Evidence of Lost Wages in a Personal Injury Case

One of the elements you must prove for a successful personal injury case in Texas is damages suffered. The defendant’s wrongful act must have given you real, specific and compensable losses. These losses may include lost income. If you wish to seek financial compensation for lost wages, you or your personal injury attorney will need to provide evidence.

  • Information about your job, such as typical hours worked
  • Pay stubs from before the accident
  • Tax return statements and W2s
  • Wage verification letter from your employer
  • Your business’ banking records, if self-employed
  • Medical records
  • Letter from your doctor confirming you cannot work
  • Expert testimony

These are common examples of evidence and documentation used to prove a plaintiff’s eligibility for a lost wage award. In general, if awarded an amount for lost wages, it will match the exact or estimated wages and benefits the employee would have earned had the accident not occurred.

Can You Seek Compensation for Future Lost Wages?

It is possible to file a claim for future lost wages (called loss potential to earn) in Texas if you will have your injury for the foreseeable future. If you have a catastrophic injury, such as a broken bone, traumatic brain injury or spinal cord injury, that will take you out of work for months, years or life, you and your attorney can seek compensation for the projected amount of time you will be unable to earn a living wage.
An award for the lost potential to earn could cover projected future wages, as well as likely promotions and pay raise opportunities. Proving lost future earnings often requires testimony from your doctor and employer stating that your injuries will make you unable to return to work for a certain amount of time. You may also need to hire a forensic accountant to prove how you arrived at the amount you are claiming in lost future earnings. Work with an attorney for the best odds of obtaining a fair amount for your lost wages in Texas.

Posted by Aaron Herbert at 9:56 am

What Are the Psychological Effects of Being in a Car Accident?

Monday, January 25, 2021

In many ways, a car accident can be just as psychologically damaging as it can be physically harmful. While most people only think of the physical injuries and property damage involved in a car accident, survivors understand the immense emotional trauma collisions can bring with them.
If you experienced adverse psychological effects after being in a car accident, you can seek financial compensation for emotional distress during your injury claim in Texas. A lawyer can help you prove this intangible loss.

What Are the Psychological Effects of Being in a Car Accident? 6

Mental Anguish and Emotional Distress After Car Accidents

A car accident can be a traumatic experience for those involved; especially those who suffer serious injuries or watch loved ones die in car crashes. A car accident is an abrupt, frightening and often severely damaging event. The collision itself can lead to psychological effects such as anxiety about riding in a car, nightmares and flashbacks.
If you were seriously injured in a car accident, your injuries could also contribute to emotional distress or mental anguish, such as through a long-term injury and lost enjoyment of life. For some people, the psychological effects of surviving a car accident can be substantial enough to cause a diagnosable condition, such as post-traumatic stress disorder (PTSD).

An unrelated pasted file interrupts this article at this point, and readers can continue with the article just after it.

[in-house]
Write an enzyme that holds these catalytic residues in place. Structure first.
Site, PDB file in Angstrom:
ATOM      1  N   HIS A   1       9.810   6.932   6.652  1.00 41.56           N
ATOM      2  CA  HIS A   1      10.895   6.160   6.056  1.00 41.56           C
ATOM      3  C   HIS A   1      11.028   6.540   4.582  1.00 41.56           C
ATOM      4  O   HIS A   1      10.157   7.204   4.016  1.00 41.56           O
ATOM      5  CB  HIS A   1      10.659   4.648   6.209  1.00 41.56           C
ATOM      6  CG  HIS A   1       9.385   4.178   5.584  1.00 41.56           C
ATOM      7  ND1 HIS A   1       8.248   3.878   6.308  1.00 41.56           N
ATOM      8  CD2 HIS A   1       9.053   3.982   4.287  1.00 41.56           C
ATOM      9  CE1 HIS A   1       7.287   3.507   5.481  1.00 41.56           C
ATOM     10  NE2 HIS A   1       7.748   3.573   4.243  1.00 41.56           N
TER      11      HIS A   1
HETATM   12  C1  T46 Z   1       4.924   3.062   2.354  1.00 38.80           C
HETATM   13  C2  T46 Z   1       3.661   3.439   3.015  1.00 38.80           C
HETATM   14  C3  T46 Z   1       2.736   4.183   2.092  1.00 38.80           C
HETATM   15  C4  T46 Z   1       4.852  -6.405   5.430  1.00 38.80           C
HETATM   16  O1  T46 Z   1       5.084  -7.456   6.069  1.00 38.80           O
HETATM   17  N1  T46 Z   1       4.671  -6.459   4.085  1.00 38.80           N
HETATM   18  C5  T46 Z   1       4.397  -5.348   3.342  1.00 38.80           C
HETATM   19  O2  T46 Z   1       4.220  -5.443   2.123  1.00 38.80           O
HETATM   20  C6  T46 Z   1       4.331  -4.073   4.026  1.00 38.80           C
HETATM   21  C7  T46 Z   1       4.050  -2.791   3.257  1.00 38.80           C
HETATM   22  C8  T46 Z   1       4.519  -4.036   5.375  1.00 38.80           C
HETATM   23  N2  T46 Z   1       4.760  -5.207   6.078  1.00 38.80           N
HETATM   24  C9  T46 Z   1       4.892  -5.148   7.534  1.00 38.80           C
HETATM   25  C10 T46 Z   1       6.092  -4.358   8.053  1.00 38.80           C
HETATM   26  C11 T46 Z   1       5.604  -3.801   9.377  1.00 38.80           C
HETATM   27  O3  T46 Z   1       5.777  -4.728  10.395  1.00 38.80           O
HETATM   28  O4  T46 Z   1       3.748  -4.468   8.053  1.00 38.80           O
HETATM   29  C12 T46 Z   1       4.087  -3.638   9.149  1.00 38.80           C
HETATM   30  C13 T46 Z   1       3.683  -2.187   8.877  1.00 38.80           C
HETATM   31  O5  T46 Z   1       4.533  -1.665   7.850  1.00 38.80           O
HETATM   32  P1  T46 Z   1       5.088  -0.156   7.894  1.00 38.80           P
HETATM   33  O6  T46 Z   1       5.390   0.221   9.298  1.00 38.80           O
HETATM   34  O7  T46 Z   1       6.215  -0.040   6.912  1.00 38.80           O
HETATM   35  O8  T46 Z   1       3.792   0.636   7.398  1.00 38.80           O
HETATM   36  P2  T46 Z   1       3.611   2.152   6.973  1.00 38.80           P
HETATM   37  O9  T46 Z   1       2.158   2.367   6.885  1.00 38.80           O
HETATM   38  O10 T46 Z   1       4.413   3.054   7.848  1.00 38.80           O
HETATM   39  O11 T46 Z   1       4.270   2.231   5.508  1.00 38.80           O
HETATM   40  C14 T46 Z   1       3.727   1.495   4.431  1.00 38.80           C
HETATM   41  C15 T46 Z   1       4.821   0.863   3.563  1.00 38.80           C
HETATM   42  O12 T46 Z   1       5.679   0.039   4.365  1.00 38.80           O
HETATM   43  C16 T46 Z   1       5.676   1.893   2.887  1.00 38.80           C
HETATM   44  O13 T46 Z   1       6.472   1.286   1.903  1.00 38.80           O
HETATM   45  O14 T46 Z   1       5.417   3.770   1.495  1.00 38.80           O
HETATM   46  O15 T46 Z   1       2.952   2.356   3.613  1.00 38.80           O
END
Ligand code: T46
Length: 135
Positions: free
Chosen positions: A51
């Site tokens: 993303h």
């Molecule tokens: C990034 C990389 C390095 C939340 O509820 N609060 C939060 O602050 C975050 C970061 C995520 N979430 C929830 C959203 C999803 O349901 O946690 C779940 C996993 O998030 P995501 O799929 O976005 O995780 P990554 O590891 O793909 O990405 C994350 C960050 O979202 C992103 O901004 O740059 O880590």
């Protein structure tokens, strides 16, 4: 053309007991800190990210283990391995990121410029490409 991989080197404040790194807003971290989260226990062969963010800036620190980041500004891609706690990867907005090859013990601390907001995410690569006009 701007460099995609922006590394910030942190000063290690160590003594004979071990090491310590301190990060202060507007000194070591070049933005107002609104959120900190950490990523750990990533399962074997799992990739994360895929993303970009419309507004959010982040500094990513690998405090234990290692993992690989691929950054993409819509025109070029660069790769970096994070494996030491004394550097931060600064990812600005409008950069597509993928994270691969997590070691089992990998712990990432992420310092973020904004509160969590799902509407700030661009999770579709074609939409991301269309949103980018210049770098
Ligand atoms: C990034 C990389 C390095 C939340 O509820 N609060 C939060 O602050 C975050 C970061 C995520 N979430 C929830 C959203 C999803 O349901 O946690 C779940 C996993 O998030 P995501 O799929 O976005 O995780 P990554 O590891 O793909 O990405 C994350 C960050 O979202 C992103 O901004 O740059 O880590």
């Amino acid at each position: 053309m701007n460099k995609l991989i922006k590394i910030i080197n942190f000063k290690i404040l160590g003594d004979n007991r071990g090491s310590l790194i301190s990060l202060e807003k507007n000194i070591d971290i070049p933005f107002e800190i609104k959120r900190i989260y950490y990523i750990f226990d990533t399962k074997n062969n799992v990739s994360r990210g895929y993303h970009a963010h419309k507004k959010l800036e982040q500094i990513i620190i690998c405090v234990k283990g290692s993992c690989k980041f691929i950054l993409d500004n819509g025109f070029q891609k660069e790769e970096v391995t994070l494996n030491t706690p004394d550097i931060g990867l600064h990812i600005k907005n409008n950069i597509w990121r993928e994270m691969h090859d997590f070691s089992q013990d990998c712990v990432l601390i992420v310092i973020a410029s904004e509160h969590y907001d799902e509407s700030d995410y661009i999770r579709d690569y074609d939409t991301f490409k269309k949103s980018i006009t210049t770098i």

Symptoms of Post-Traumatic Stress Disorder

Post-traumatic stress disorder is a psychological condition that occurs in people who have witnessed or experienced traumatic events. It is commonly diagnosed among veterans who have been in war and combat zones, for instance, as well as survivors of sexual abuse. A car accident survivor could suffer PTSD if what he or she saw, felt or experienced in the collision was traumatic enough to cause long-term mental distress.
According to the US Department of Veterans Affairs, PTSD occurs in about 7% to 8% of the population – meaning around eight million adults have PTSD on any given year. Post-traumatic stress disorder can come with many different symptoms for a car accident survivor.

  • Fear or anxiety, especially about cars or driving
  • Avoidance of anything that reminds the person of the crash
  • Emotional and physical reactions to triggers
  • Mood swings or personality changes
  • Depression and withdrawal from others
  • Nightmares or trouble sleeping
  • Flashbacks (involuntary memories of the car accident)
  • Suicidal thoughts or actions/self-harm

Post-traumatic stress disorder is one of the most commonly diagnosed mental health conditions after a car accident. Other common diagnoses are depression and anxiety. Emotional, mental and psychological conditions after a car accident can have a substantial effect on a victim’s life. The victim may be unable to return to his or her normal life or job. The victim may also have to pay for psychological therapy or counseling. Although nothing can fix the immense trauma associated with a car accident, a victim in Texas may be eligible for related financial compensation to help pay the bills and move forward.

Can You Seek Compensation for Emotional Distress?

Yes, you can seek financial compensation for emotional distress and psychological trauma after a car accident in Texas. If you experience any symptoms of emotional distress, such as loss of enjoyment in daily activities, mood swings, stress or anxiety, depression, nightmares, or phobias, you can seek compensation for emotional injuries along with your car accident claim. You can seek compensation for the following noneconomic damages:

  • Emotional distress
  • Mental anguish
  • Post-traumatic stress disorder
  • Inconvenience or embarrassment
  • Phobias or anxiety
  • Psychological trauma